Obama: ‘Massive blow’ if GOP
blocks payroll tax
By JIM KUHNHENN
NEW YORK (AP) — Blending governing with re-election
politics, President Barack Obama roused a cheering northeast Pennsylvania crowd
Wednesday as he warned of a “massive blow to the economy” if Republicans block a
payroll tax extension.
But hours later, addressing donors in New York, he toned his
rhetoric down and declared progress was possible.
Obama took to the road with a dual pitch for money,
campaigning for more cash in the pockets of U.S. workers – and for his campaign
treasury as well.
He pressed his case at a campaign-style rally in
working-class Scranton, Pa., where he said Republicans had to choose between
lower taxes for the wealthy, or a payroll tax cut that would help working
Americans. Republicans say they would support extending the payroll tax cut, but
reject new taxes to offset the costs.
“Are you going to cut taxes for the middle class and those
who are trying to get into the middle class, or are you going to protect massive
tax breaks for millionaires and billionaires?” he said. “Are you going to ask a
few hundred thousand people who have done very, very well to do their fair share
or are you going to raise taxes for hundreds of millions of people across the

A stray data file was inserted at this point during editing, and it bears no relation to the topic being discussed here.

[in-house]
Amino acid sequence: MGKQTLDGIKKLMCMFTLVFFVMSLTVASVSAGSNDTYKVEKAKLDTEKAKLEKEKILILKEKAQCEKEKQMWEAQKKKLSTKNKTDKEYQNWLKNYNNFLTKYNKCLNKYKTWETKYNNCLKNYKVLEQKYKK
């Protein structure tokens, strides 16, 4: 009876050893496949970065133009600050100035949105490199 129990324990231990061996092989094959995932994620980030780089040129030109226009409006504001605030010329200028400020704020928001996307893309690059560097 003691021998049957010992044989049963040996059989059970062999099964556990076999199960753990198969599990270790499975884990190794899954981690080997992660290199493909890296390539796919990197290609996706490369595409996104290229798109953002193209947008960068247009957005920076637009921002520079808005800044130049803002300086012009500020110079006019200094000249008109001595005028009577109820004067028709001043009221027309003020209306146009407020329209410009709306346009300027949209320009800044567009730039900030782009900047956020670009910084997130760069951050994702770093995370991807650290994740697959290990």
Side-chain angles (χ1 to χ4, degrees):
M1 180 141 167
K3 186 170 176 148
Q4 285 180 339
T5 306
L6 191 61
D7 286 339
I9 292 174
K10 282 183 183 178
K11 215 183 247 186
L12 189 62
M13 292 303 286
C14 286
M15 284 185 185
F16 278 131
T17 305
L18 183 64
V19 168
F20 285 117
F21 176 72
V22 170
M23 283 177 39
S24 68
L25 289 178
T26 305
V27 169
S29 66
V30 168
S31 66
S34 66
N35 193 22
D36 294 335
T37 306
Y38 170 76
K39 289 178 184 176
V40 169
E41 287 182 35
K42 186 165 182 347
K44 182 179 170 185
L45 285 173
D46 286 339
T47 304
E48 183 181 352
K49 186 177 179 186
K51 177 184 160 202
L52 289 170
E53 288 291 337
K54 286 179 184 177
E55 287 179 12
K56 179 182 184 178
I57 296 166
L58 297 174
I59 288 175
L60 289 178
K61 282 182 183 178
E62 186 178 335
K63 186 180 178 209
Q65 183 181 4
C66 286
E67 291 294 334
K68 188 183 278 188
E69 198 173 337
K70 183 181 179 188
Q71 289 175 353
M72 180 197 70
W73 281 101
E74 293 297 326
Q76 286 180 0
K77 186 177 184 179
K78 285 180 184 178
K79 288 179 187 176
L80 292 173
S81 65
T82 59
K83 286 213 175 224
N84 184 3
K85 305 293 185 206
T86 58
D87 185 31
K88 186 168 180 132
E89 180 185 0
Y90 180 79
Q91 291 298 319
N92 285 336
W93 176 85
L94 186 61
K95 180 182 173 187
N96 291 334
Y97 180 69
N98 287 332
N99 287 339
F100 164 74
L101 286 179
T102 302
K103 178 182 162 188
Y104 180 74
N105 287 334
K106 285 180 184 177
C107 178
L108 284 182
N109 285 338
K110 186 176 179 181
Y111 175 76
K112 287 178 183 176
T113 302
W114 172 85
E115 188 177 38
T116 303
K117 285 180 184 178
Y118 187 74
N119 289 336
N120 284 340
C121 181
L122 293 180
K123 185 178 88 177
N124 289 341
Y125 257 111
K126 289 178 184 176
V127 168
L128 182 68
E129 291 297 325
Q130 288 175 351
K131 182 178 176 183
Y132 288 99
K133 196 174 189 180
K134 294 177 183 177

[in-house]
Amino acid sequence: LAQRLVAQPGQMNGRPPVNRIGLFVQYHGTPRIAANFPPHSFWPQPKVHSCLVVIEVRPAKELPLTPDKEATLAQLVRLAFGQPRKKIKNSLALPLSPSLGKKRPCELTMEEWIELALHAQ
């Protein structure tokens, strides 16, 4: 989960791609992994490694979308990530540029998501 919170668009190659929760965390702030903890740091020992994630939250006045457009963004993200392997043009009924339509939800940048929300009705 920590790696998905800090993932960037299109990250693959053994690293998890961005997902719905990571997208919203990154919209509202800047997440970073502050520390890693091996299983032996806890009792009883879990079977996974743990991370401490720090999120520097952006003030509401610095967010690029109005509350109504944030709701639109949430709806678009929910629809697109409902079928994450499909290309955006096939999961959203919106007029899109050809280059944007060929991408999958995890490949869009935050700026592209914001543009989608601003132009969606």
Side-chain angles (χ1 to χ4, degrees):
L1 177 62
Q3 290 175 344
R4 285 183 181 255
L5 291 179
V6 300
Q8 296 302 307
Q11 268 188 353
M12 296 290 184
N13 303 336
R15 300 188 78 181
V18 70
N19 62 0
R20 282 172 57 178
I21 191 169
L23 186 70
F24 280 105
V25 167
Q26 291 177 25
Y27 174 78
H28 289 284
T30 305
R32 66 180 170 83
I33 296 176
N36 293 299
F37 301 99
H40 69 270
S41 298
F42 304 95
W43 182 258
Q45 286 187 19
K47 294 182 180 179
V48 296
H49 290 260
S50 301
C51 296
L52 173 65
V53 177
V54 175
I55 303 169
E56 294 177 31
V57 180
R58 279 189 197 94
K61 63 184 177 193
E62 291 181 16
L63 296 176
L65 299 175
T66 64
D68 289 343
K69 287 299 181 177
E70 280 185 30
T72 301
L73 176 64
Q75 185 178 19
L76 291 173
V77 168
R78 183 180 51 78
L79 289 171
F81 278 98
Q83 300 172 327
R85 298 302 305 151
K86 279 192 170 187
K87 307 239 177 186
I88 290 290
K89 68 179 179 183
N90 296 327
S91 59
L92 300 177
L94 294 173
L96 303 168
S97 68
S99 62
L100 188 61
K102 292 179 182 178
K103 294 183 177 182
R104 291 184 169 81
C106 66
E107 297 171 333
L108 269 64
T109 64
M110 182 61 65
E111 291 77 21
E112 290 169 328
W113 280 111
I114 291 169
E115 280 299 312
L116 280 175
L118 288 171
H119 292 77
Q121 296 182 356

Later, in donor-rich New York City where he was raising money for his already flush re-election bid,
he took a more conciliatory tone, acknowledging that Republicans such as House
Speaker John Boehner of Ohio and Senate Minority Leader Mitch McConnell of
Kentucky were also willing to extend the payroll tax, though not with a tax
increase on millionaires.
“For the last couple of days Mr. Boehner and Mr. McConnell
have both indicated that it probably does make sense not to have taxes go up for
middle class families, particularly since they’ve all taken an oath not to raise
taxes,” Obama told about 50 donors at a Greenwich Village restaurant. “And so
it’s possible we’ll see some additional progress in the next couple of weeks
that can continue to help strengthen the economy.”
The populist pitch in Scranton and the fundraisers in New
York served as political bookends for the president and illustrated the dual
policy and political demands on him as the 2012 campaign season nears.
He first rallied the type of working-class crowd that would
benefit from the tax cuts and then appealed for campaign contributions from
donors, many of whom would be the ones to shoulder the tax increases Obama
Obama told one group of donors that he still needs to make
sure that key aspects of the health care law get implemented in 2014, that
banking regulations are enacted and that energy policies are updated.
“I’m going to need another term to finish the job,” he